7 Ways To Use Space Heaters Safely

Feel that? It’s the chill of fall hitting homeowners across the country –brrr! If your home has inconsistent or poor heating, purchasing a space heater isn’t a bad idea. Before your family members (including the four-legged furry ones!) come flocking to your cozy new friend, make sure you’ve read our seven tips for safe space heater use.

1. Pick the right heater for your home. Space heaters come sized for different spaces; make sure to choose the correct heater based on the dimensions of your room.
TIP: If your space heater is too small for the room, it’s more likely to overheat as a result. If it’s too large, it’ll consume more energy (a big hit to your wallet!).
2. Quality matters! Older space heaters may not meet current safety regulations, so it’s worth it to purchase a new one now instead of digging out the one your grandmother bought back in 1975.
TIP: Make sure your heater has the latest safety features and is lab-tested and certified. Some newer models have automatic shutoff features should the unit overheat or upend, preventing space heater damage. Others will shut off if they detect an object is too close (great for households with pets or children).
3. Clear the area. There should be at least three feet of open space on every side of your space heater.
TIP: Make sure you place the unit far from any curtains, bedding, furniture or other flammable materials. Keep the room tidy as well—you don’t want any stray newspapers or old report cards coming into contact with the heater!
4. Position it correctly. You should place your heater on a flat, level surface that isn’t flammable.
TIP: Experts recommend a ceramic tile floor. This will keep your heater upright.
5. Plug it in safely. Never plug your space heater into a power strip or extension cord—this could overload the circuit and start a fire.
TIP: Plug it directly into the wall and avoid using other high-wattage appliances simultaneously!
6. Don’t leave it unattended. The number one key to space heater safety is TURNING IT OFF when you leave the room.
TIP: Always turn off a space heater when you leave the room for any reason and when you go to bed at night. To be extra safe, unplug it—that way there’s no risk of a fire starting.
7. Keep your home’s safety measures up-to-date! There should be a working smoke alarm in every room you plan to use a space heater. Test the batteries once per month and replace them biannually or as necessary!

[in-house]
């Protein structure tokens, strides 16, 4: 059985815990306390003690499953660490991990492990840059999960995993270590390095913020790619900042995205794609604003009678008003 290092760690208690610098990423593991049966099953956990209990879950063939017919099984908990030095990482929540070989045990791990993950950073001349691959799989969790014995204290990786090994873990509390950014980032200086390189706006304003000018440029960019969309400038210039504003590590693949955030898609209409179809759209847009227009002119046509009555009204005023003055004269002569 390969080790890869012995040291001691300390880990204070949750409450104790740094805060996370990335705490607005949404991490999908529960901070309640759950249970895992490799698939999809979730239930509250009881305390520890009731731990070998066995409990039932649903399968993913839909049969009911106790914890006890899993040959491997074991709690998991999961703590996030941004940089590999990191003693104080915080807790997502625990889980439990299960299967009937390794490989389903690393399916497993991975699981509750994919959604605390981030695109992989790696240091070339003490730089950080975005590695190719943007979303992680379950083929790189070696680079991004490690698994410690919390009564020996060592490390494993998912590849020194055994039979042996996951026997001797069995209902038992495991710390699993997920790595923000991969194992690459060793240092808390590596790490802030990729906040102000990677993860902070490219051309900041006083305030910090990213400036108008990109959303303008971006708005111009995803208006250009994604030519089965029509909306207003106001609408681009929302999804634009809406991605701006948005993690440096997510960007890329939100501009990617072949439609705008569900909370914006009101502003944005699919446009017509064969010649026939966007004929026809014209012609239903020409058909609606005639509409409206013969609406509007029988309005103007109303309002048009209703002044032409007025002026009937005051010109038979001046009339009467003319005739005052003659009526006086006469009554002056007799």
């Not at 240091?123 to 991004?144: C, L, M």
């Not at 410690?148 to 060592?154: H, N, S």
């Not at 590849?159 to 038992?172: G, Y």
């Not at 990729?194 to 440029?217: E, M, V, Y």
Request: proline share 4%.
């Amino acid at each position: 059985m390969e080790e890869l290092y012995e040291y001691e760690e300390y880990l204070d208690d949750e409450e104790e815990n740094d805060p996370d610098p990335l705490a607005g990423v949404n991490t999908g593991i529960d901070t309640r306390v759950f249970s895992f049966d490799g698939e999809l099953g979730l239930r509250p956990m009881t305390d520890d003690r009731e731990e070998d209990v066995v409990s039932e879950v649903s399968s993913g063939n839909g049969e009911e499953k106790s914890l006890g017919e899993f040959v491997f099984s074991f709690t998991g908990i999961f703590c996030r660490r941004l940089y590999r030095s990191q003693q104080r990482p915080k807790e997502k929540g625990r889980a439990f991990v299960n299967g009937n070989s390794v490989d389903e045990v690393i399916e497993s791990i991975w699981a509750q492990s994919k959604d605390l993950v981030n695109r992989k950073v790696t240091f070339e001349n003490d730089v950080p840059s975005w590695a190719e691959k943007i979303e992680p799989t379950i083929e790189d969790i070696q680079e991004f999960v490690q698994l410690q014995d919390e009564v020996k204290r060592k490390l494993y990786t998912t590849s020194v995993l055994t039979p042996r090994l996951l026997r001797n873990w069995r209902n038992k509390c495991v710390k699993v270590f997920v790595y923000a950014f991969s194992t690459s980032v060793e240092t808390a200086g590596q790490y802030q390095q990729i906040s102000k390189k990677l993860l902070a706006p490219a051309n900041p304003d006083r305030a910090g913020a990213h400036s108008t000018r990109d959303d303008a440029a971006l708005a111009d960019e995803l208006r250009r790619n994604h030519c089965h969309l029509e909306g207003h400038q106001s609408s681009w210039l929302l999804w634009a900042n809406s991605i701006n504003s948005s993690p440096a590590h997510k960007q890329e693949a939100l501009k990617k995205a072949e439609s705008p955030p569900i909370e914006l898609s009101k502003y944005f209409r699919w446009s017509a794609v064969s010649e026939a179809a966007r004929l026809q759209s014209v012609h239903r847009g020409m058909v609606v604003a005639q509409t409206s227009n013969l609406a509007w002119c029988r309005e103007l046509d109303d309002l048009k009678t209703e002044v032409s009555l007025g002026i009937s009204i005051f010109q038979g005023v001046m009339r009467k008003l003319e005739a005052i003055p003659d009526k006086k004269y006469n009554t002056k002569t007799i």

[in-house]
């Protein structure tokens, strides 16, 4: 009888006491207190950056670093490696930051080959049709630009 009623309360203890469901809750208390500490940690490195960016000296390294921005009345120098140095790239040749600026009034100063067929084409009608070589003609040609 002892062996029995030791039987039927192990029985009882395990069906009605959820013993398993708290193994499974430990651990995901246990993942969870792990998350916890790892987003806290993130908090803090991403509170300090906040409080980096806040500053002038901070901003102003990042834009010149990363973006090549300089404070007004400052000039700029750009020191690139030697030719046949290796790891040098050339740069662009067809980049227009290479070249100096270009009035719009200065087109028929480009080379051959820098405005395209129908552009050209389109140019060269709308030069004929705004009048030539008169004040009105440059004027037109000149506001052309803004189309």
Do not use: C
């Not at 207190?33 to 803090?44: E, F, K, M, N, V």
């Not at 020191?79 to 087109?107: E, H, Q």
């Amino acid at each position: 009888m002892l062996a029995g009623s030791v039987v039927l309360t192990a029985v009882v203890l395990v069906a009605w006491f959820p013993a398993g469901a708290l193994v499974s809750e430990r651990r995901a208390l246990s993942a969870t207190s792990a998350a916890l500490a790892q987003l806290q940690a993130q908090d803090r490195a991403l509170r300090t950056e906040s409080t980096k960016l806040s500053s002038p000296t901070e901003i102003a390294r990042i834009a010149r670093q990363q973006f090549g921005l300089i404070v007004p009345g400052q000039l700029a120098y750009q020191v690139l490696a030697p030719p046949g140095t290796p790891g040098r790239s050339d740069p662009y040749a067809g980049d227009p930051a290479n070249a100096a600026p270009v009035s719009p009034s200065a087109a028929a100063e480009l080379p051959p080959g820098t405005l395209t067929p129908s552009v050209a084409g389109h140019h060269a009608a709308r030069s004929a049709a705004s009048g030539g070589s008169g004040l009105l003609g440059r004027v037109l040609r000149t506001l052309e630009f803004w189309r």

TIP: If you opt for a gas space heater, install a carbon monoxide alarm as a smart precautionary measure.

At Paul Davis Restoration of Central Maine, we’re here to help keep you safe through each new season. Paul Davis Restoration of Central Maine services the following communities: Bangor Brewer, Old Town, Ellsworth, MDI, Houlton, Waterville, Augusta, and surrounding towns in Central & Down East Maine.

Holiday home fire safety tips from Paul Davis

Keith Trembley

Holiday Home Fire Safety Tips from Paul Davis

Milford, ME – Decorate and entertain during the holiday season with caution and keep safety in mind. According to the U.S. Fire Administration, during Thanksgiving approximately 2,000 house fires happen with 69 percent of the fires caused by cooking. During the holidays, an estimated 128,700 fires and 1,650 injuries, along with 415 deaths occur with close to $25.5 million in property damage.

Keith Trembley Builder, Inc. / Paul Davis Restoration of Central Maine, a leading provider of fire, water and mold damage restoration services for residential and commercial properties offers the following tips to make the holidays safe for you and your family.

Holiday Decorations: Be aware of toxic decorations which may be poisonous. Use non-combustible, flame-resistant materials. Never use lighted candles on a tree, evergreens or other flammable materials.

Lights: Check for loose connections, broken or cracked sockets or frayed wires. Use UL approved lighting. Fasten lights to the tree and prevent bulbs from coming in contact with the needles or branches. Turn off all holiday lights when leaving home or retiring for the evening.

Trees: Be sure a natural tree is fresh and less likely to become a fire hazard. Cut two inches off the trunk and place in a sturdy water stand, water daily. Keep the tree away from fireplaces, wall furnaces and other heat sources. Use ‘fire resistant’ artificial trees.

Portable space heaters: Place space heaters at least three feet away from anything combustible and operate only when you are in the room. Never leave a space heater on overnight or near children and pets.

Cooking: Avoid wearing loose clothing which can be ignited by hot burners. Turn pot handles in. Don’t store items on top of the stove, they can catch on fire. Turn off kitchen appliances after use. Turkey fryers should be used outdoors and away from buildings and flammable materials.

Fire Escape Plan: Know your escape routes. Have a working fire extinguisher in the kitchen, laundry room, and garage. Never burn greens, papers, or other decorations in the fireplace. Working smoke alarms should be installed on every level of your home, test them monthly, replace batteries every six months.